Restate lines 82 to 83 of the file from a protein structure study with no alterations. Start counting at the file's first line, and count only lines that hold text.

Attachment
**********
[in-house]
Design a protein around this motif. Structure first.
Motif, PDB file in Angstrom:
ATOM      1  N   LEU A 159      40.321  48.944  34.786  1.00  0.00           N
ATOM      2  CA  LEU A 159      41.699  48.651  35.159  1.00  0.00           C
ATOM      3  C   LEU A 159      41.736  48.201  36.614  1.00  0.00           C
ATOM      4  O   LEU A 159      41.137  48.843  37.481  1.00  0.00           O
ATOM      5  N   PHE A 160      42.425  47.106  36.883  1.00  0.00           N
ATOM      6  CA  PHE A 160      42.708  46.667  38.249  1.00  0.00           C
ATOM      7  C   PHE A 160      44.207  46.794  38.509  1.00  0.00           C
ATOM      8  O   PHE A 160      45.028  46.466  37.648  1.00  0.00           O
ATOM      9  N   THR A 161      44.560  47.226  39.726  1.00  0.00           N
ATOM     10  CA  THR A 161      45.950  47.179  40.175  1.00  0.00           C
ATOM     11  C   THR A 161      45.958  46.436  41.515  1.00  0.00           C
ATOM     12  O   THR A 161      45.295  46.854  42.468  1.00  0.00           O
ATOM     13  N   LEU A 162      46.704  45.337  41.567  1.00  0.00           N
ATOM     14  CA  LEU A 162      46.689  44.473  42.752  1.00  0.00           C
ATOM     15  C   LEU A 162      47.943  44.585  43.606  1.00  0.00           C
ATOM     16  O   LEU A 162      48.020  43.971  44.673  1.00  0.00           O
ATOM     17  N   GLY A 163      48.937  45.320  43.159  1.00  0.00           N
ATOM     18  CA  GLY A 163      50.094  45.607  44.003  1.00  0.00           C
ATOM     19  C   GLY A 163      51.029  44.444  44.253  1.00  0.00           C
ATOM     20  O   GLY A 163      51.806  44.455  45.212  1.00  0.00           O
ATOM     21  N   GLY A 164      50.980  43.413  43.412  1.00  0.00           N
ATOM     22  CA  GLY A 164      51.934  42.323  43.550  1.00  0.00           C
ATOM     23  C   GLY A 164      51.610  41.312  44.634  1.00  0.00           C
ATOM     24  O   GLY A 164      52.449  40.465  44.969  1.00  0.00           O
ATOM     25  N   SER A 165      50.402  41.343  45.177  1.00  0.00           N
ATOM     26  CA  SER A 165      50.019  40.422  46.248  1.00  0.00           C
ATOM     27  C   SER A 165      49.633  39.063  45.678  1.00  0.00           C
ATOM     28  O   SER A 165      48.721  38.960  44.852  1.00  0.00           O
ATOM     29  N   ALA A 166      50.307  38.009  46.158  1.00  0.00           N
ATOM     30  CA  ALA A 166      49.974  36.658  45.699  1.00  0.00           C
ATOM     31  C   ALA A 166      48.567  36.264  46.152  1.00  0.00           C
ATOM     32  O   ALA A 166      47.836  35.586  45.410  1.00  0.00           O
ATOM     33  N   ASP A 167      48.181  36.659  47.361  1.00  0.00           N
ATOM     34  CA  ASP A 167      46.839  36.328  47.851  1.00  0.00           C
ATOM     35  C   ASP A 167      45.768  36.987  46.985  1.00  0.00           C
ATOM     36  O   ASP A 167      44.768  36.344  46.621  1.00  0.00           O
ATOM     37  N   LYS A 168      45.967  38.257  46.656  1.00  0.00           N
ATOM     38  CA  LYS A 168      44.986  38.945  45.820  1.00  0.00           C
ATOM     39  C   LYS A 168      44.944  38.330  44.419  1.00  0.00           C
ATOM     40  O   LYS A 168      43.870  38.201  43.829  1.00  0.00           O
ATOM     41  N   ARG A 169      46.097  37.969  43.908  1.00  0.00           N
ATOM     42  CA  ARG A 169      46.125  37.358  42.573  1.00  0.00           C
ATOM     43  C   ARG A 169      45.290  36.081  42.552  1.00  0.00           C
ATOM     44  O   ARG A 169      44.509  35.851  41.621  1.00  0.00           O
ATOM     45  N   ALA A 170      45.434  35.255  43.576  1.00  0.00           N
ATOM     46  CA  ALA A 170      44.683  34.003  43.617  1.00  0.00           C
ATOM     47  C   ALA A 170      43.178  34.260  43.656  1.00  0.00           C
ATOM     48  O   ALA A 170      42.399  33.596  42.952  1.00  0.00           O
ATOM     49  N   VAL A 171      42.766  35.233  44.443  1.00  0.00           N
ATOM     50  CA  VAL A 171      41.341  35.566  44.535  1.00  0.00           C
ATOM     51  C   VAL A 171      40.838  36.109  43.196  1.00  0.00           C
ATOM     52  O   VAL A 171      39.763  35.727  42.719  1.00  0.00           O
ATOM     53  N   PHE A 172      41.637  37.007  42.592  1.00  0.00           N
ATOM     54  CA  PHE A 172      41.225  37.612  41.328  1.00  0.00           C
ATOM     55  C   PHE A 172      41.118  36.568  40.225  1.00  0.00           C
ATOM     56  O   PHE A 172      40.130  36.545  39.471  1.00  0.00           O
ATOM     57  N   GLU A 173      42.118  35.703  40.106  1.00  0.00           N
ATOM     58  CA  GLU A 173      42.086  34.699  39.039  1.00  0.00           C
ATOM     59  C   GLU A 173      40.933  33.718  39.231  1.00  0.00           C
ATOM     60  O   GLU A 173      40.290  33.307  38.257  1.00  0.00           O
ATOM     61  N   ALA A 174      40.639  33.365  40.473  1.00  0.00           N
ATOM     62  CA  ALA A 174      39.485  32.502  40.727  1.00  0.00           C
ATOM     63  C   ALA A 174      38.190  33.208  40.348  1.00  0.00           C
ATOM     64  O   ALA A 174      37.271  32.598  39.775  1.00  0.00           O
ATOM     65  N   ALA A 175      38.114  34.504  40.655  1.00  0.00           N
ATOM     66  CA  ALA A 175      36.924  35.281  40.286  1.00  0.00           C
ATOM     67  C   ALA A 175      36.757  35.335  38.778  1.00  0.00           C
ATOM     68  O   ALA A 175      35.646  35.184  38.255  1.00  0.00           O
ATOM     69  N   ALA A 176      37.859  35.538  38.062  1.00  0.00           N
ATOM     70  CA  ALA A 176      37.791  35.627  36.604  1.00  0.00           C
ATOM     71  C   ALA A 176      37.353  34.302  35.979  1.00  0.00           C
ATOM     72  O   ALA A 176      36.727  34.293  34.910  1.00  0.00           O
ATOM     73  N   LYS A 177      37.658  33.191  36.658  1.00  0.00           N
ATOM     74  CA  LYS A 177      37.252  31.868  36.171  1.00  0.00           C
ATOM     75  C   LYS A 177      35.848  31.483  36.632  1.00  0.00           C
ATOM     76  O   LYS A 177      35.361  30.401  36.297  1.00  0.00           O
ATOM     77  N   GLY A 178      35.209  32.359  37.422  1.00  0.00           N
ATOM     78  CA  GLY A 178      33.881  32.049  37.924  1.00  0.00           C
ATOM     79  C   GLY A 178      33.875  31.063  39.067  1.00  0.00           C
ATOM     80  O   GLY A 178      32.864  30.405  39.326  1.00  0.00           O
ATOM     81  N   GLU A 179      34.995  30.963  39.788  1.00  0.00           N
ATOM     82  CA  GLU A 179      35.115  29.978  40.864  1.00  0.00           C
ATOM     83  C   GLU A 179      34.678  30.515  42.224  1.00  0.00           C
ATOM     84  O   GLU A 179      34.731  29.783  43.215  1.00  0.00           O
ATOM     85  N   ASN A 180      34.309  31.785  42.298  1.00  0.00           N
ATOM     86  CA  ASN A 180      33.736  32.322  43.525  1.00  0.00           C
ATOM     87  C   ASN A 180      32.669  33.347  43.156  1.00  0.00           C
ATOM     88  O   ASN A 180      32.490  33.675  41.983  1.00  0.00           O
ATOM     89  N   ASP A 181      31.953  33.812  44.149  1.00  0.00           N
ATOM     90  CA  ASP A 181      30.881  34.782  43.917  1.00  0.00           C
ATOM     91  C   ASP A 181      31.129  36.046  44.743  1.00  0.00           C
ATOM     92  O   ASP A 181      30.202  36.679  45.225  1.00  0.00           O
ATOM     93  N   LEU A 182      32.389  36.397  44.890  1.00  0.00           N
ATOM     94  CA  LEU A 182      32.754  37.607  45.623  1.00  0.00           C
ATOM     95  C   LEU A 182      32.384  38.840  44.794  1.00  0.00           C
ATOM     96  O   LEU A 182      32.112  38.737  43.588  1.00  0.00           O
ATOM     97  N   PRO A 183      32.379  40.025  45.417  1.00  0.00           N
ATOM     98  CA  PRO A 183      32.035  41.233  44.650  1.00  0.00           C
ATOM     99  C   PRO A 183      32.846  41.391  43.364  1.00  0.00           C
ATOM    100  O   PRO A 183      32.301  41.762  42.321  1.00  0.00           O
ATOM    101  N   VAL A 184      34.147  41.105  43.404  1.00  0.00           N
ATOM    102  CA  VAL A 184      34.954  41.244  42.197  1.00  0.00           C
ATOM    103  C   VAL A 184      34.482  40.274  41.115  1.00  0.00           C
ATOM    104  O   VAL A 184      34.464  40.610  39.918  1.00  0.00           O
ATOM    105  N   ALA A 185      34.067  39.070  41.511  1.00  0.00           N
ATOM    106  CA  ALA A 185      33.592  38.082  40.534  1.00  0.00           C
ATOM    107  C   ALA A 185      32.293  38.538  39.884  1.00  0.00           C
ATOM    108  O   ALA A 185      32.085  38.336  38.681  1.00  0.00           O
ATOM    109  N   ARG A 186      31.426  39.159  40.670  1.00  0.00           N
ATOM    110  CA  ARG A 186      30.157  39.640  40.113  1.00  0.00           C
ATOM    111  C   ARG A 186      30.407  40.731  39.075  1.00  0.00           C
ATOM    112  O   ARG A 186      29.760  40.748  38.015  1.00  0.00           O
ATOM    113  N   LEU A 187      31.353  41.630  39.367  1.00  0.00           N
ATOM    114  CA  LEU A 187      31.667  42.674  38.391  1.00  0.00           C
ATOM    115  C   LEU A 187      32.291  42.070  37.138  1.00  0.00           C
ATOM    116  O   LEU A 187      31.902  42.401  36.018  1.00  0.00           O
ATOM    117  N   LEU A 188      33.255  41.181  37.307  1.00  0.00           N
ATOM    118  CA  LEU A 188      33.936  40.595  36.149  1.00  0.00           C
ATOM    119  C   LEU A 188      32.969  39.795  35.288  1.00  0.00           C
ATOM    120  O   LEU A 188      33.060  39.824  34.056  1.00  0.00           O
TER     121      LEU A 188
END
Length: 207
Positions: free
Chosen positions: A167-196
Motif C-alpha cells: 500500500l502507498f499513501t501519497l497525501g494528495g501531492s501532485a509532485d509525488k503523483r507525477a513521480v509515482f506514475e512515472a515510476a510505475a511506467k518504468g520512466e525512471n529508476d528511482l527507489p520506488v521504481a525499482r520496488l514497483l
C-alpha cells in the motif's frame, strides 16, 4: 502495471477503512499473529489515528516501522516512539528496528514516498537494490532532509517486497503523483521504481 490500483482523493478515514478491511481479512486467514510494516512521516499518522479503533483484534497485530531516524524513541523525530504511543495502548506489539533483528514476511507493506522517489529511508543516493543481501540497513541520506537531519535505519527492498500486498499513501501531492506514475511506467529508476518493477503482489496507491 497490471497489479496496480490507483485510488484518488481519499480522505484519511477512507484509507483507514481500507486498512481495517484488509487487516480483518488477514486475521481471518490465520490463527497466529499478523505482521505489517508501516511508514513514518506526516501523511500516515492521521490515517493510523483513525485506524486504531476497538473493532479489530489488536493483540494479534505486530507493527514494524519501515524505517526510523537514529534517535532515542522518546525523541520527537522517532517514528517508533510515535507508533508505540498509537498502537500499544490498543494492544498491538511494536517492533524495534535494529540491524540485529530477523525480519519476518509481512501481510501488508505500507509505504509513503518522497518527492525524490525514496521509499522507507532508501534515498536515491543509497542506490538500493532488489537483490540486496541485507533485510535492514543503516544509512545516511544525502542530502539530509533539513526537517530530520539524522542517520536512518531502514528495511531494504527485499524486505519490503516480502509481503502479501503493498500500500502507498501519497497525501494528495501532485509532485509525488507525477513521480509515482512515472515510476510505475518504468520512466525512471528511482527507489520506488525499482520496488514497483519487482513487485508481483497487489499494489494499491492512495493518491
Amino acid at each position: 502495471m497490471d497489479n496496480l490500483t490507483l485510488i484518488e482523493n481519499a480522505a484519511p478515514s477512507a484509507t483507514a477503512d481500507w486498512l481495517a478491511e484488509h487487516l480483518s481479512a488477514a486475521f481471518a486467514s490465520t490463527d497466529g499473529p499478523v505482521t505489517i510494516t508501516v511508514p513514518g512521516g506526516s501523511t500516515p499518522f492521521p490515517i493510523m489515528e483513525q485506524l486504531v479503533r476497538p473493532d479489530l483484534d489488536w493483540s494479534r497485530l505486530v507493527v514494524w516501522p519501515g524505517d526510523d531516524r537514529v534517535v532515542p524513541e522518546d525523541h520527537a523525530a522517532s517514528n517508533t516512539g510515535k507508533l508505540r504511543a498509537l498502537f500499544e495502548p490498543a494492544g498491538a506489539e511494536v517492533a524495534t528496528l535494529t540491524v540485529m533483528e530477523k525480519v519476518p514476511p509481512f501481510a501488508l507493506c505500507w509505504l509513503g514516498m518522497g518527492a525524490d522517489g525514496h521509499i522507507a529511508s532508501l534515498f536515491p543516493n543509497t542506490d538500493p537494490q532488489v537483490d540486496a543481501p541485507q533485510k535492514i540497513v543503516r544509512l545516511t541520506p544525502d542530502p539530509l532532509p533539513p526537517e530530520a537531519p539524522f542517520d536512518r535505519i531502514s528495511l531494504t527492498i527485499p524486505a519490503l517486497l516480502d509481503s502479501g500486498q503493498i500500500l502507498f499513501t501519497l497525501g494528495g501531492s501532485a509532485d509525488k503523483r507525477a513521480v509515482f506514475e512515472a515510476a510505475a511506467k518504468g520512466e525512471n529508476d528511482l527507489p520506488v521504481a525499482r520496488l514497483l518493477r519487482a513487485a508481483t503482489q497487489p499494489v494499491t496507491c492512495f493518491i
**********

ATOM     79  C   GLY A 178      33.875  31.063  39.067  1.00  0.00           C
ATOM     80  O   GLY A 178      32.864  30.405  39.326  1.00  0.00           O